MENSTRUATION MATTERS

ANNOUNCEMENT:  Menstruation Matters, the blog of the Society for Menstrual Cycle Research, is taking a break from regular posting. However, the archive remains available to researchers, educators, advocates, and anyone else interested in the menstrual cycle.

Menstruation Matters is a treasure trove of information waiting to be mined. You can search by category, tag, author, or month, or with any word, phrase, or topic you want to read about. Use our archive to learn about past, current, and future researchOr, how the menstrual cycle has been depicted in film, television, literature, advertising, and daily life. Or, how menstrual-health concerns (such as endometriosis) and lived experiences (such as menarche and menopause,) might be better understood. Or, how menstrual activists and artists employ creative means to challenge taboos, ignorance, and restrictions that often surround the cycle.

SMCRPC.BackSince the blog’s founding in 2009 under the banner re:Cycling, and its subsequent name change to Menstruation Matters in May, 2016, SMCR members and guests bloggers have contributed hundreds of posts. Our aim always has been to report, inform, comment, summarize, analyze, and opine on all matters menstrual. The resulting archive offers an unsurpassed depth and range of information and opinion on menstrual-related issues.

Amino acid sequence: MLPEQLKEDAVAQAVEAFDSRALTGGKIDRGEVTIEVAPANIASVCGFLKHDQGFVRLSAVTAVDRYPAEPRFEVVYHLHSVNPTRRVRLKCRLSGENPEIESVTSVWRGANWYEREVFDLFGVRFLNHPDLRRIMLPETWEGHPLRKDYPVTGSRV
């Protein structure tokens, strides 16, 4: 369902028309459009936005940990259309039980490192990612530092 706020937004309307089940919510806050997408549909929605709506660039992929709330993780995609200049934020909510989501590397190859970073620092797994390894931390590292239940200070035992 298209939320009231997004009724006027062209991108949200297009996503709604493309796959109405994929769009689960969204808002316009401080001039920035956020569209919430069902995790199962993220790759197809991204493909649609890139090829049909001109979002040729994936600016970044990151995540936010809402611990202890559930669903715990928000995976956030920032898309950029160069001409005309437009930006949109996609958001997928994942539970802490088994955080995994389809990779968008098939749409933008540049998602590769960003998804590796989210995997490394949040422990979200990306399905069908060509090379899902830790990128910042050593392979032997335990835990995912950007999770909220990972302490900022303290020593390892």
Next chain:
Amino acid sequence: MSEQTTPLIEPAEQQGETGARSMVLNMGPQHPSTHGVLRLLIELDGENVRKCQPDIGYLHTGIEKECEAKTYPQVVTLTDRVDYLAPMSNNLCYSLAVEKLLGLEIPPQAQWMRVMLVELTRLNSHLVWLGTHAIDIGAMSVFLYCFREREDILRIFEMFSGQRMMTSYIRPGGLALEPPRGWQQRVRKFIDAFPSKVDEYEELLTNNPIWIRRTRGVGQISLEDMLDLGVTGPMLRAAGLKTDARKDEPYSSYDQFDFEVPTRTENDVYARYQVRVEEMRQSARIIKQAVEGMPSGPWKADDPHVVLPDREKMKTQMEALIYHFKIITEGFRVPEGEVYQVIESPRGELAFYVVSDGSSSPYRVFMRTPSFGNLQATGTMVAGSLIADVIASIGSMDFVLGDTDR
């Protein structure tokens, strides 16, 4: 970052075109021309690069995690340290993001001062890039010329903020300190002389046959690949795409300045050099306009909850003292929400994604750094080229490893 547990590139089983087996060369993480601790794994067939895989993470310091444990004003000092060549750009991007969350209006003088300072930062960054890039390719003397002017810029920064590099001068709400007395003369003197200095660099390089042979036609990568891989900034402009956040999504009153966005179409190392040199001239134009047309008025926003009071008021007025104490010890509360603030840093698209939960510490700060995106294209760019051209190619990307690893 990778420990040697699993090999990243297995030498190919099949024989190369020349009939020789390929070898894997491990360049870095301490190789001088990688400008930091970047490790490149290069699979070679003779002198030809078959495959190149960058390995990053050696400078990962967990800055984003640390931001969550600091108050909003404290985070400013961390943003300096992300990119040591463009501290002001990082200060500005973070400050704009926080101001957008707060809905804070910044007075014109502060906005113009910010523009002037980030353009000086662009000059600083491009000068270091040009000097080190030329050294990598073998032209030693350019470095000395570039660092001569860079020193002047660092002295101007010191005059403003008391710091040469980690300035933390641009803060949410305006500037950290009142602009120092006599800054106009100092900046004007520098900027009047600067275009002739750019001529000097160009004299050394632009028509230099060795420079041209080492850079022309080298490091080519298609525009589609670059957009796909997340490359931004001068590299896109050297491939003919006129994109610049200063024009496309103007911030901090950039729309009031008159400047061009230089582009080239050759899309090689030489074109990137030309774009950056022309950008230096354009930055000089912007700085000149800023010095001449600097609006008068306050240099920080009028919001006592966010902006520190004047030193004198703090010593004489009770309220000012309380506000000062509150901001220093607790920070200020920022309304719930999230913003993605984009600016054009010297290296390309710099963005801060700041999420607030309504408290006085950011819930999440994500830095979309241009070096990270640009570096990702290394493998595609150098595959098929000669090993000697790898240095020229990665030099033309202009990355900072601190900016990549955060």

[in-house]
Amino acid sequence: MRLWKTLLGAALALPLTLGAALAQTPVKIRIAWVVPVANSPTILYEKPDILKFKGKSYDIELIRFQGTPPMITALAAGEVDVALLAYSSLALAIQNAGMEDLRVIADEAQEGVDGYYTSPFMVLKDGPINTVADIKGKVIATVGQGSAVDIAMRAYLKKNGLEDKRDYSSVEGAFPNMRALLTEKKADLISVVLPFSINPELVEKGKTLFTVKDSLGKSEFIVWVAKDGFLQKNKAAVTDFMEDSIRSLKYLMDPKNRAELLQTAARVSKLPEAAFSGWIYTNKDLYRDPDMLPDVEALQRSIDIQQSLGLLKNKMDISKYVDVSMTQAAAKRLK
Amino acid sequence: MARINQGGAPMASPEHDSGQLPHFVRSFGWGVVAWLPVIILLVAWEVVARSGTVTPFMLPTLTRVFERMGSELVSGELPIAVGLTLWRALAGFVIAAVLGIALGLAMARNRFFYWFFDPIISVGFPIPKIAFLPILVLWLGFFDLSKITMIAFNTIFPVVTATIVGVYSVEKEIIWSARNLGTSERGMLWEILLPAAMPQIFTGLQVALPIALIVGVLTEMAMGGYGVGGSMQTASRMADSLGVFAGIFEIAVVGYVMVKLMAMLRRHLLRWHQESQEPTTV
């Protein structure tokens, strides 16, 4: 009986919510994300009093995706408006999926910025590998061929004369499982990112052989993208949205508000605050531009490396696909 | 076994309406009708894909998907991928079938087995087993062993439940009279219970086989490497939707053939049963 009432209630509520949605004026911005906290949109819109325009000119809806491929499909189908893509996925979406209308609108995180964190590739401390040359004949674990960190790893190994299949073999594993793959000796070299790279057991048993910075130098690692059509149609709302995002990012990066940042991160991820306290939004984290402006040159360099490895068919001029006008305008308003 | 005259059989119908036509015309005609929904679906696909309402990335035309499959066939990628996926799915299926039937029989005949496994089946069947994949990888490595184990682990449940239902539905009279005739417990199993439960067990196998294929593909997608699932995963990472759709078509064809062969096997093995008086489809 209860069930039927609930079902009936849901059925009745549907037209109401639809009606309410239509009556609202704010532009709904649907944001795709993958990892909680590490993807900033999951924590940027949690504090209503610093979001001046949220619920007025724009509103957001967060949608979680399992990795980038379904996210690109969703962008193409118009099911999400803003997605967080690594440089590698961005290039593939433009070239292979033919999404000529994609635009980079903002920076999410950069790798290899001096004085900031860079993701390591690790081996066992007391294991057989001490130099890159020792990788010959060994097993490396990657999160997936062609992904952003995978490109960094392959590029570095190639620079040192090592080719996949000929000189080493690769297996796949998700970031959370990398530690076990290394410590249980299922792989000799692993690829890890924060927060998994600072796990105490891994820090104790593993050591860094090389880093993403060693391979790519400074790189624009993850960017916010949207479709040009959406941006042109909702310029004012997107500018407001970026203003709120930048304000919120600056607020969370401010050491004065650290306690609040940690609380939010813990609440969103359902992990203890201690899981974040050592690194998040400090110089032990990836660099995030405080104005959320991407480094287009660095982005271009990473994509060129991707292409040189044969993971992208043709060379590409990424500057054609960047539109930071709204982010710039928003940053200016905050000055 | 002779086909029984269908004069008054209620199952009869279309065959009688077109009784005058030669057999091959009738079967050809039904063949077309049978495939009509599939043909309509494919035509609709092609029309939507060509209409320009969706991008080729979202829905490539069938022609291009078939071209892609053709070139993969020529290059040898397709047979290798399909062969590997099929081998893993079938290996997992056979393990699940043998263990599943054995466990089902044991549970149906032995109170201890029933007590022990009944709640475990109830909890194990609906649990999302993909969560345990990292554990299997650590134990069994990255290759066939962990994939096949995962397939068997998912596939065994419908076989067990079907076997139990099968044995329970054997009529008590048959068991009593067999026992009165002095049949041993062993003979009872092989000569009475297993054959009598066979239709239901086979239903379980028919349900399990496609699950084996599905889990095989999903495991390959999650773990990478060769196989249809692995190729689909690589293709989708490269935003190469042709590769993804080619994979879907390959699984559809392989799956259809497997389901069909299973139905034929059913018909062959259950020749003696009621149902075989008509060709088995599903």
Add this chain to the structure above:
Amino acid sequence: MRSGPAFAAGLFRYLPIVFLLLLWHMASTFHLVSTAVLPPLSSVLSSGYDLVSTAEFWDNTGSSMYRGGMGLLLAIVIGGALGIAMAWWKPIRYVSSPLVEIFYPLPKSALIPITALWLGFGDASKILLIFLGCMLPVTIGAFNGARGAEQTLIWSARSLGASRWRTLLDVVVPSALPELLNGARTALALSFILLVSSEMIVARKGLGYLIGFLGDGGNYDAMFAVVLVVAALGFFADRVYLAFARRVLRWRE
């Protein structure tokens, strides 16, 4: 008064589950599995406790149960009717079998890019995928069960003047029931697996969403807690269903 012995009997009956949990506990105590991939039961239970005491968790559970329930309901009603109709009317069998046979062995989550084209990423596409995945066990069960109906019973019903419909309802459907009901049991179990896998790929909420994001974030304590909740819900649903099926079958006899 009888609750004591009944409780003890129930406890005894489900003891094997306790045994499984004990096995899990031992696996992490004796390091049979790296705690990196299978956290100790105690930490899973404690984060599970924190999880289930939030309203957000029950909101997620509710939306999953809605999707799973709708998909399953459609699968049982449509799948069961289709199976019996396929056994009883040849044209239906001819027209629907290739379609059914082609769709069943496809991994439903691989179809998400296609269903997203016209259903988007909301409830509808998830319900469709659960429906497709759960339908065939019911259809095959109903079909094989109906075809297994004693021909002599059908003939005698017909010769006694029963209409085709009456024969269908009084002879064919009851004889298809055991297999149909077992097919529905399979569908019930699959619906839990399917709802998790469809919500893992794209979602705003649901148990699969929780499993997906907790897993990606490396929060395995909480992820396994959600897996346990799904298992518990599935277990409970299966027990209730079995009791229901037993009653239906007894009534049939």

Menstruation Matters as Course Material

Film and literature, gender studies, sports, advertising, medical history,menstrual health, politics, social media are just a few of the topics these blog posts sought to illuminate. Many were incorporated into curricula and scholarly research. Some scholars have built the blog’s content into entire units or series of assignments for their college courses. David Linton, Professor Emeritus of Marymount Manhatten College, offers this example:

For over ten years I taught a regular course about the social construction of menstruation and the Menstruation Matters blog became one of the basic texts, our digital course pack. It also became an opportunity for a few students to post original research and interpretations of the menstrual ecology. The range of coverage opened the field as well as the minds of hundreds of students.

Something For Everyone

What’s in it for you? Researchers will find a community of like-minded individuals. Educators will find thoughtful posts to inspire and inform. Advocates and activists will find numerous posts to support or challenge their ideas. Those in the media will find sharp analyses of how the media has covered menstruation over the last decade. In short, if you have any interest in menstruation or the menstrual cycle, this blog archive has something for you.

So, the rich resource of Menstruation Matters is open and available to anyone interested in knowing more about the infinitely varied and complex phenomenon of the menstrual cycle. 

All other SMCR programs and activities are ongoing. 

For information on becoming a member of the Society for Menstrual Cycle Research contact us by email: info@menstruationresearch.org. Subject line: Membership. Or join using the membership form

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